Tuesday, 1 October 2019

Ceisteanna (149)

Robert Troy

Ceist:

149. Deputy Robert Troy asked the Minister for Finance further to Parliamentary Question No. 55 of 19 September 2019, if he will address issues (details supplied). [39833/19]

Amharc ar fhreagra

Freagraí scríofa (Ceist ar Finance)

The Deputy has raised several issues in his question concerning the answer I supplied to PQ No. 55 of 19 September 2019 about surcharges for those self-employed who fail to make a local property tax return or pay their LPT. As I set out in that response, as with other taxes and duties, penalties can be imposed for various offences such as failure to submit returns or other documentation or the provision of false information.

Section 38 of the Finance (Local Property Tax) Act 2012 (as amended) provides for the imposition of such surcharges for the late payment of Local Property Tax. The challenge of compliance is particularly significant for LPT owing to the nature of the tax itself and the wide demographic liable for the tax, a significant proportion of which are not taxpayers to whom the standard collection and enforcement methods could be applied. Compliance is not just about ensuring the submission of returns and the payment of outstanding tax liabilities; there is also a timing aspect to compliance.  Returns must be submitted and payments must be made by a specified date(s).  The suggestion in the Deputy's question, of reducing a penalty to nil following the late submission of returns or payments, would only serve to incentivise such late submission. Likewise, as outlined in my previous response, a surcharge is designed to act as a deterrent and, when there is a late compliance, the income tax surcharge is capped at the amount of the LPT liability: this considered a fair and proportionate deterrent given the size of LPT liabilities.  

In relation to comparisons between the treatment of PAYE workers and the self-employed, unlike self-employed taxpayers, PAYE taxpayers are not generally required to submit an annual income tax return. Therefore, it is not possible to impose a surcharge on PAYE taxpayers for failure to submit a return on time. Revenue’s compliance actions are tailored according to the type of taxpayer involved and the most effective way to ensure compliance. This is illustrated by the use of the facility to collect LPT liabilities through mandatory deduction at source from a PAYE taxpayer’s salary or pension, which is considered to be a fair approach in the context of the surcharge on income tax that can apply to self-employed taxpayers who fail to meet their LPT liabilities.  Moreover, all taxpayers who fail to submit an LPT return, or who submit an incorrect LPT return, are liable to a penalty of the amount of the LPT that would be payable with a correct return, subject to a maximum penalty of €3,000.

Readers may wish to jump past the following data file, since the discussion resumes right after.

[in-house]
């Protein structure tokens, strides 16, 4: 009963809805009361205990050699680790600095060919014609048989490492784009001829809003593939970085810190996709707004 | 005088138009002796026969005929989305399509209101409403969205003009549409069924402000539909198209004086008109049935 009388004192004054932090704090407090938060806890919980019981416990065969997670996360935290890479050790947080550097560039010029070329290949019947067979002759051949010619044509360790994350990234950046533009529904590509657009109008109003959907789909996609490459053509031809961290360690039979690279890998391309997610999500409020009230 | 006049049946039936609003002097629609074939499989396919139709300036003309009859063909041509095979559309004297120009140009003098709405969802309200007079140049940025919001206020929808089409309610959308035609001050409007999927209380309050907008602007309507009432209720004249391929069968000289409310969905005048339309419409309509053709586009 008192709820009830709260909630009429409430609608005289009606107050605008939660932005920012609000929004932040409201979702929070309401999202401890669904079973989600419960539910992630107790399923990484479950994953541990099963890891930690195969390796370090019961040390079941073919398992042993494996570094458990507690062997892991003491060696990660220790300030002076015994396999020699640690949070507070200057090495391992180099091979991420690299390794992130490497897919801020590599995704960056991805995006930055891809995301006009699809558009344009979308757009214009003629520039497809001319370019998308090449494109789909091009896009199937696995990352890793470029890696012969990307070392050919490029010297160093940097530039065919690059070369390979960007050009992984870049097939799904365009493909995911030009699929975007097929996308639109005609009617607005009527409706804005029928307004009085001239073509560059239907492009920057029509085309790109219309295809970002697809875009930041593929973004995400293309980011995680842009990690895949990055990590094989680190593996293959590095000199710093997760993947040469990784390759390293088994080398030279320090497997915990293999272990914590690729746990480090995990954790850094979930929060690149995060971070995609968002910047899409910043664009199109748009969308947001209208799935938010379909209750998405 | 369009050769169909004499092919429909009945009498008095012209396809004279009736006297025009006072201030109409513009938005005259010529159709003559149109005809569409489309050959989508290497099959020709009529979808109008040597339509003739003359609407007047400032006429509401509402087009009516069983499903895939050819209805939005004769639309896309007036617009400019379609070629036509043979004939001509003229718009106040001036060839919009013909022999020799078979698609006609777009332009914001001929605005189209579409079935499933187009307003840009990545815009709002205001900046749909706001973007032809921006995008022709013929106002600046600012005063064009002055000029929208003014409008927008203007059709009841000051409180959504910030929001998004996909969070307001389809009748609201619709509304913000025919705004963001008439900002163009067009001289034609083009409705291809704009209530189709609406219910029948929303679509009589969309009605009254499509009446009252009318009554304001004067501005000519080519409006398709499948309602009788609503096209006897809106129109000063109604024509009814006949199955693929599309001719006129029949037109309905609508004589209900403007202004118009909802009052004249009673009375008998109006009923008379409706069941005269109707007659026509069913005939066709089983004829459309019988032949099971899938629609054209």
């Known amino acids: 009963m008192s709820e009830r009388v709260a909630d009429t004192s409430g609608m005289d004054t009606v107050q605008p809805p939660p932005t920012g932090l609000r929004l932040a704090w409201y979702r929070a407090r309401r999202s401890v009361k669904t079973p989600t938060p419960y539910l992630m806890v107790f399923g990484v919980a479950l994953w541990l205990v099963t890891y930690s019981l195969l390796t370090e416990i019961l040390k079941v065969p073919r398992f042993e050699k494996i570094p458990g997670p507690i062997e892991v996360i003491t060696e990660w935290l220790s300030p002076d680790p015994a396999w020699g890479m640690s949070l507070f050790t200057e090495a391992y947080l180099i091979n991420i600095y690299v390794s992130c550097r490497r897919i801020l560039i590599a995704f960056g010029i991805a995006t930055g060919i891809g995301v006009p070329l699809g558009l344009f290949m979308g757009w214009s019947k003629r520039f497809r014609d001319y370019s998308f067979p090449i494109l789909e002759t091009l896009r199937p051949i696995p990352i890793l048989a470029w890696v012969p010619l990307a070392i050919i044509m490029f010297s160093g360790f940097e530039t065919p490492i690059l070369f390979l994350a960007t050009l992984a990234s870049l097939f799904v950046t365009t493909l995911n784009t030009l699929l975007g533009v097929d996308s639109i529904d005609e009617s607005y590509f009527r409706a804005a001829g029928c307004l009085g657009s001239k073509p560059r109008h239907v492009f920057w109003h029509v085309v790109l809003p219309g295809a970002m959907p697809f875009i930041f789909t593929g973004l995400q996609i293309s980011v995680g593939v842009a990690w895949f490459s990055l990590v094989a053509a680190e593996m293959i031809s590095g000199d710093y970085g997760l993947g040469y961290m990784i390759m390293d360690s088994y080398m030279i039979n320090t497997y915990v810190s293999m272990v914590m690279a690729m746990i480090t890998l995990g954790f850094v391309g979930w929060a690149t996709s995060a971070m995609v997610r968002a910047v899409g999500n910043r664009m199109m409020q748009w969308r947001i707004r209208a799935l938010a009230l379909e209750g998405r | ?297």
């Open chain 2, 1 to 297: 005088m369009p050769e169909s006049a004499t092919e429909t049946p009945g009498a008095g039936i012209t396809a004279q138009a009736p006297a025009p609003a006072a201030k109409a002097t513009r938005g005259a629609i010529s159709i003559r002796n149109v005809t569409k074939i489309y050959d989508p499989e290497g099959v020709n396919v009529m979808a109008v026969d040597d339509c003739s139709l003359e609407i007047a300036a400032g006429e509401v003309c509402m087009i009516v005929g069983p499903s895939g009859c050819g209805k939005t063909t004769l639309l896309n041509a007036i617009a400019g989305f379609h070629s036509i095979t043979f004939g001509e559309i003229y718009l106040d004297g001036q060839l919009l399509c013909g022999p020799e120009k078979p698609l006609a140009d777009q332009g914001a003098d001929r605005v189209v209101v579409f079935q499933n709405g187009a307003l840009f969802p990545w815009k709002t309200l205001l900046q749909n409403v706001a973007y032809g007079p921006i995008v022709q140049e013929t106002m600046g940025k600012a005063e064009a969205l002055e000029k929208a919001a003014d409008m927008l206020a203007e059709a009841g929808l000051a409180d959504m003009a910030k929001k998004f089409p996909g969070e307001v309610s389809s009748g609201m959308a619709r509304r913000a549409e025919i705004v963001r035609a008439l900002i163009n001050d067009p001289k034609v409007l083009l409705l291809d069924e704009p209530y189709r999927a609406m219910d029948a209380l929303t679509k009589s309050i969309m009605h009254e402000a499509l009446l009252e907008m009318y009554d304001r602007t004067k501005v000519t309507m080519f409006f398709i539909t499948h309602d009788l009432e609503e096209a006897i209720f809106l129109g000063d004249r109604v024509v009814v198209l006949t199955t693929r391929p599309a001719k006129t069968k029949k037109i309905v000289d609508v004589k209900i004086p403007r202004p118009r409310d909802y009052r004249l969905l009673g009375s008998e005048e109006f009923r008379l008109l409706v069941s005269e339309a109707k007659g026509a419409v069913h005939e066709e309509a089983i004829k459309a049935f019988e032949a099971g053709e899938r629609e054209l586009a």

Adding  the LPT liability to a self-employed person’s income tax liability, as the Deputy suggests, would not, of itself, ensure that the LPT was actually paid. This would not be a similar treatment to a PAYE taxpayer who has no choice about when, or how much of, his or her LPT liability is paid, where deduction at source by the employer or pension provider is made mandatory.

Finally, it should be noted that the vast majority of property owners pay their LPT on time. There is no reason for property owners to put themselves in a position where they become liable to a surcharge.  If an individual has particular financial circumstances which cause difficulties in meeting his or her LPT liability, he or she may be entitled to a deferral of the tax or may avail of one of a number of payment methods to discharge the liability evenly over the course of the year.